It's a shame so little of this wine is made by sculptor Michel Gracia from his nearly eight acresof relatively old vines (all planted in clay and limestone soils). Yields were a minuscule 19 hectoliters per hectare in 2009, and the final blend was 75% Merlot, 20% Cabernet Franc, and 5% Cabernet Sauvignon. A wine of enormous potential as well as character, this powerhouse (14.5% natural alcohol) offers up striking aromas of crushed rocks (almost to the point of being a liqueur of minerality), spring flowers, and black fruits as well as layer upon layer of fruit and concentration. One of the most prodigious offerings of the vintage, it is very much in character with previous Gracias, which tend to have a kinship with Chateau Ausone (not surprising since Michel Gracia is a dear friend of Alain Vauthier, who lends some informal support in the winemaking). This brilliant 2009 should age effortlessly for 25+ years.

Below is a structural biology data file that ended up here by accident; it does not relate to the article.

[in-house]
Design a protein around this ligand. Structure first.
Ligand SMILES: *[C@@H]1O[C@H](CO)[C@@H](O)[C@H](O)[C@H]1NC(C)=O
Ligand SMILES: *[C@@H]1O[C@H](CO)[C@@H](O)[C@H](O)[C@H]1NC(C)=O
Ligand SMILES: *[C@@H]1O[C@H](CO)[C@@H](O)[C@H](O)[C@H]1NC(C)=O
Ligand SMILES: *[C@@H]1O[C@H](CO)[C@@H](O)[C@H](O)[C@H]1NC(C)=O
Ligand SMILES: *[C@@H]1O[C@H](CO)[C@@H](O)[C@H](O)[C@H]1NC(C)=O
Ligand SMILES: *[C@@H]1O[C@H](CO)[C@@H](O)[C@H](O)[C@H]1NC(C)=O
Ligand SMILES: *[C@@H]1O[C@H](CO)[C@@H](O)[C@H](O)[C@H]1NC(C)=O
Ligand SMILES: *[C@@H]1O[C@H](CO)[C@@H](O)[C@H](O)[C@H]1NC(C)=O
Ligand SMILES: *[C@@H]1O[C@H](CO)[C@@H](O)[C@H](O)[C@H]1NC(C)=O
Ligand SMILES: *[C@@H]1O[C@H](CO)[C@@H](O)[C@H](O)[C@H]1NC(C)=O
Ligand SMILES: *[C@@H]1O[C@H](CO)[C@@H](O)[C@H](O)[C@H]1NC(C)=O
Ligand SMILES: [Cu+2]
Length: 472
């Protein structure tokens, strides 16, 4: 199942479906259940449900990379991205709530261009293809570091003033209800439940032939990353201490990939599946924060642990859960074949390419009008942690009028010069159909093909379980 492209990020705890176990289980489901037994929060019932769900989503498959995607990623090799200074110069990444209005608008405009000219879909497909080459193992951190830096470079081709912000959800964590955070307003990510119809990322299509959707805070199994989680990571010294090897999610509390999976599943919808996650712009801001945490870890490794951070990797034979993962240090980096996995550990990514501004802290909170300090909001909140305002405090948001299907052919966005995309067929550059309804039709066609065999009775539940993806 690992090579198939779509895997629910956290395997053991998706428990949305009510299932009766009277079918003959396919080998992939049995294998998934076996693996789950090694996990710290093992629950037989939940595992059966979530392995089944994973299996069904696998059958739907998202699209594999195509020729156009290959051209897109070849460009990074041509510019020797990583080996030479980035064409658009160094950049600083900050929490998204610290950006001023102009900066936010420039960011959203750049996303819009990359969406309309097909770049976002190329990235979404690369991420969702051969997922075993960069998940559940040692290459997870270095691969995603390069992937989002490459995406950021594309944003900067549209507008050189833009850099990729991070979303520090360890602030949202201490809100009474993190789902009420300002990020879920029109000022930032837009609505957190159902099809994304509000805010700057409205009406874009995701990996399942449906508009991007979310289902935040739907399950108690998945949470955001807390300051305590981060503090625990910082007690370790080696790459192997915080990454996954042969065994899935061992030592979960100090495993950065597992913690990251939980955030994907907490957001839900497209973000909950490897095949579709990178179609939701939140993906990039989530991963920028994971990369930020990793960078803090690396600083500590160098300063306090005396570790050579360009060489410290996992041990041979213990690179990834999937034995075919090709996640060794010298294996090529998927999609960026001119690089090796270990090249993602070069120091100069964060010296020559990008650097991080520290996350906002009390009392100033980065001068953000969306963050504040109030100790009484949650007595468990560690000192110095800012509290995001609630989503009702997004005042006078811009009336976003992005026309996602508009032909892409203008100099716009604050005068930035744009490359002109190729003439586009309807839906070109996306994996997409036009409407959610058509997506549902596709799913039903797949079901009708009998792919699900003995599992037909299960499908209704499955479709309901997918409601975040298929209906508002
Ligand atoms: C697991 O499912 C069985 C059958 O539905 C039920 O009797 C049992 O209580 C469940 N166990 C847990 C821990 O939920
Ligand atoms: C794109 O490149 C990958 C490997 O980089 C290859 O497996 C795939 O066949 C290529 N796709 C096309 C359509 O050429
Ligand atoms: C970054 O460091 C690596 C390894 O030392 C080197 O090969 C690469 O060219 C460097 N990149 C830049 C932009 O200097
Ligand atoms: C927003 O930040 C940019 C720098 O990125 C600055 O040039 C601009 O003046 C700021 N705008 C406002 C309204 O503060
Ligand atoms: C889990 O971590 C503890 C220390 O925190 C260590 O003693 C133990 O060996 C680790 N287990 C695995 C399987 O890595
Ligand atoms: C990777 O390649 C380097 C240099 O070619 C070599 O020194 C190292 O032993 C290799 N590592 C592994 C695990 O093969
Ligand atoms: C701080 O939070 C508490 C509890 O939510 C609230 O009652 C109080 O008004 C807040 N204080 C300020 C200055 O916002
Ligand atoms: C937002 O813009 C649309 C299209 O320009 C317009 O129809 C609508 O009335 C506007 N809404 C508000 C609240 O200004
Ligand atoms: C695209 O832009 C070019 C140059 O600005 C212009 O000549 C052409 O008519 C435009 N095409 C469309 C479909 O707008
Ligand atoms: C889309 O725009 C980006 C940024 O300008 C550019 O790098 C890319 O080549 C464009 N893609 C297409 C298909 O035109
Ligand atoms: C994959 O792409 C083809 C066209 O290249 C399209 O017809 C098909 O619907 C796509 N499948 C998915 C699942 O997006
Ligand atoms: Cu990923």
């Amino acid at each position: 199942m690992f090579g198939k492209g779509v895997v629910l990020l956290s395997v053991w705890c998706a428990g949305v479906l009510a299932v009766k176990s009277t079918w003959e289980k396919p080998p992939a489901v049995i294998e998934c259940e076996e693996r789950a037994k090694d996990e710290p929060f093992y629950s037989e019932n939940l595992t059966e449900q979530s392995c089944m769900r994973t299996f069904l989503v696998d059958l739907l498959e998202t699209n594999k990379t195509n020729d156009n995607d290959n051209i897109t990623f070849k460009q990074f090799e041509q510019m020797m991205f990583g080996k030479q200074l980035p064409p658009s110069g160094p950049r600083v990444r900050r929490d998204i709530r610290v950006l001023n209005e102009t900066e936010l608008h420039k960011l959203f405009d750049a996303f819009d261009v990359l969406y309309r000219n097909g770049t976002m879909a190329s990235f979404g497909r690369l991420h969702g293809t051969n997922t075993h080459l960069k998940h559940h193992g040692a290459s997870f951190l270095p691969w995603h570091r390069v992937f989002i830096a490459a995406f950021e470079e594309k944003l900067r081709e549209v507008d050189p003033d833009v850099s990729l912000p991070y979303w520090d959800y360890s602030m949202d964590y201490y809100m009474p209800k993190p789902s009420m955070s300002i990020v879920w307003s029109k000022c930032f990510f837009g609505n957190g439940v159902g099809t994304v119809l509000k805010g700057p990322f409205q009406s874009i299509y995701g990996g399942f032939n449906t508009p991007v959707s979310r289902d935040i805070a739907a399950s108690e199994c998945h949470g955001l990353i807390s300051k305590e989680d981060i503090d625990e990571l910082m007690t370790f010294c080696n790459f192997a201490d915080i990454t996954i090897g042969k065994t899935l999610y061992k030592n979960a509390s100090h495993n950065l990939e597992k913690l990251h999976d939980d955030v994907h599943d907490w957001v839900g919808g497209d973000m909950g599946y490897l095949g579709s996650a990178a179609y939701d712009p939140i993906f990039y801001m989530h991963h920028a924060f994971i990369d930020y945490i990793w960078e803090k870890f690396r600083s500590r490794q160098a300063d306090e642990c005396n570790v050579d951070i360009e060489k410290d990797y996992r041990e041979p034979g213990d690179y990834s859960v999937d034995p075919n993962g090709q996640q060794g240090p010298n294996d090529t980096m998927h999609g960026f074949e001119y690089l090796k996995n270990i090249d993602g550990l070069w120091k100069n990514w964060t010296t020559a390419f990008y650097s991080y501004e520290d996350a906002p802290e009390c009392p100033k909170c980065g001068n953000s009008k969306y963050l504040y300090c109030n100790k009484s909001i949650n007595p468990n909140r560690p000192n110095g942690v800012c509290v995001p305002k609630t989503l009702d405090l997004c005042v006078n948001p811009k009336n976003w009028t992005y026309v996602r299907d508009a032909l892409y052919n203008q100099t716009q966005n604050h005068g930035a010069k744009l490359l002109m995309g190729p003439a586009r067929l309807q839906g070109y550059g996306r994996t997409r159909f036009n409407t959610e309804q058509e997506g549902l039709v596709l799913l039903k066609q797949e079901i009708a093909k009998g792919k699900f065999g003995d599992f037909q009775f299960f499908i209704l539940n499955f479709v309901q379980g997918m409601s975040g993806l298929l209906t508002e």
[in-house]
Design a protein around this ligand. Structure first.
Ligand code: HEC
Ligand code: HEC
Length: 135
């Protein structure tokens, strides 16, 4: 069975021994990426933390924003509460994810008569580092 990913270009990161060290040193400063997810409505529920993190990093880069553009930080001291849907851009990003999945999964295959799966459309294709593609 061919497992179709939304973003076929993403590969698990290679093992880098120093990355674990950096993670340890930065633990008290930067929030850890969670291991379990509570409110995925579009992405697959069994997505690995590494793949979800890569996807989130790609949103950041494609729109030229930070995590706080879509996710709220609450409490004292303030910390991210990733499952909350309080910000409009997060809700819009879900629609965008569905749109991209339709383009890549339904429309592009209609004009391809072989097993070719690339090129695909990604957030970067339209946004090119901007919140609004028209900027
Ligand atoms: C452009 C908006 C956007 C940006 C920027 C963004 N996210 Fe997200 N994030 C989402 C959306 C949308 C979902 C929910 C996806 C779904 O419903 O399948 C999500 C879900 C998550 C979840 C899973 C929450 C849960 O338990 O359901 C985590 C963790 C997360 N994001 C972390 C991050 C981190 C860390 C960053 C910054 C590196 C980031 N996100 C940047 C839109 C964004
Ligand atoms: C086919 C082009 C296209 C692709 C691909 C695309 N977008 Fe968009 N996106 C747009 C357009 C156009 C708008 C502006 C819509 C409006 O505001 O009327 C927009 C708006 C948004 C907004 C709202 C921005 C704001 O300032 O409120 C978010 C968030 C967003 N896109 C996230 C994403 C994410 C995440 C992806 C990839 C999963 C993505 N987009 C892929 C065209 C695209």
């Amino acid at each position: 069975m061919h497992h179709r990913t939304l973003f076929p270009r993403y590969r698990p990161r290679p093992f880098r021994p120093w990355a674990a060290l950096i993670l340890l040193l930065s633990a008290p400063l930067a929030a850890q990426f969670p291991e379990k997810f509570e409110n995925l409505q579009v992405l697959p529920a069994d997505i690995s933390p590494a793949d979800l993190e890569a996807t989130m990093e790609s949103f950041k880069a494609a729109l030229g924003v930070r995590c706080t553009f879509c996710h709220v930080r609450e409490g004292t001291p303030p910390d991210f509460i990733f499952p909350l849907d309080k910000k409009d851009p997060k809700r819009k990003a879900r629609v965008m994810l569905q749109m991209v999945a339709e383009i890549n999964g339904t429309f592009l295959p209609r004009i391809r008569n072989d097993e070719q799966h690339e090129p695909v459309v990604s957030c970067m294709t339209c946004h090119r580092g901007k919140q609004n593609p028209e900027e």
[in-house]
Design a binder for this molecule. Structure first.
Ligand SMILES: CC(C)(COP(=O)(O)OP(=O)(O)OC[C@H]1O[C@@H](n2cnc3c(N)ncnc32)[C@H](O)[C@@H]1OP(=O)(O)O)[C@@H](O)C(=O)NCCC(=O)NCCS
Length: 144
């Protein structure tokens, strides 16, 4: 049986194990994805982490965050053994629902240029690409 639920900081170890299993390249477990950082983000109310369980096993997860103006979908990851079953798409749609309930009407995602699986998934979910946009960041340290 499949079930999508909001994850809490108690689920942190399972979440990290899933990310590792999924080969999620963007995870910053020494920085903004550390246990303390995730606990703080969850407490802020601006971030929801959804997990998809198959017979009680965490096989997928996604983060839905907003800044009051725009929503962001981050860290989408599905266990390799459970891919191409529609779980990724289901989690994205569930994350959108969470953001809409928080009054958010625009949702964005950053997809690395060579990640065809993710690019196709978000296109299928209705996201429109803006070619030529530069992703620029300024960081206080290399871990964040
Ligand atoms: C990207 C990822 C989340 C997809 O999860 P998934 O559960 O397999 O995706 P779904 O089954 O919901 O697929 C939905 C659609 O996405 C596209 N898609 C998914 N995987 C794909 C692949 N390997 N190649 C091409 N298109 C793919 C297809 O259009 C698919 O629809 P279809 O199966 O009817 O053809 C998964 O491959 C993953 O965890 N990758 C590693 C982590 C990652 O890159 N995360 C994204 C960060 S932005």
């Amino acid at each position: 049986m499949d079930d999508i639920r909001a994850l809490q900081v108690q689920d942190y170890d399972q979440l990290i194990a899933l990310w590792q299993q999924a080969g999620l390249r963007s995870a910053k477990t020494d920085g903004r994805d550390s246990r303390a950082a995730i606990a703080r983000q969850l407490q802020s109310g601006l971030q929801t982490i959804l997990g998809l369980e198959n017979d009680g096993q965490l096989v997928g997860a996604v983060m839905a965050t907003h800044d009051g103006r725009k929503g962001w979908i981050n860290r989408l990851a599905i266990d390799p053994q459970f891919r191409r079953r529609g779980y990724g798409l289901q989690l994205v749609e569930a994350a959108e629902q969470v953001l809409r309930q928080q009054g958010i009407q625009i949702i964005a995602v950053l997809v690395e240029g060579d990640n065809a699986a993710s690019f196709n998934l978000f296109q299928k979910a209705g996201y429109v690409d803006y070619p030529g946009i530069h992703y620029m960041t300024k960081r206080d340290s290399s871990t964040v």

Warm, rich and very ripe. Crushed red-berry aromas. Palate sweet, round and succulent. Seduces with its opulence. More immediate appeal. Drink 2014-2020.
South of Pomerol lies the medieval, perched village of St Emilion. Surrounding St Emilion are vines that produce round, rich and often hedonistic wines. Despite a myriad of soil types, two main ones dominate - the gravelly, limestone slopes that delve down to the valley from the plateau and the valley itself which is comprised of limestone, gravel, clay and sand. Despite St Emilion's popularity today, it was not until the 1980s to early 1990s that attention was brought to this region. Robert Parker, the famous wine critic, began reviewing their Merlot-dominated wines and giving them hefty scores. The rest is history as they say. Similar to the Médoc, there is a classification system in place which dates from 1955 and outlines several levels of quality. These include its regional appellation of St Emilion, St Emilion Grand Cru, St Emilion Grand Cru Classé and St Emilion Premier Grand Cru Classé, which is further divided into "A" (Ausone and Cheval Blanc) and "B" (including Angélus, Canon, Figeac and a handful of others). To ensure better accuracy, the classification is redone every 10 years enabling certain châteaux to be upgraded or downgraded depending on on the quality of their more recent vintages.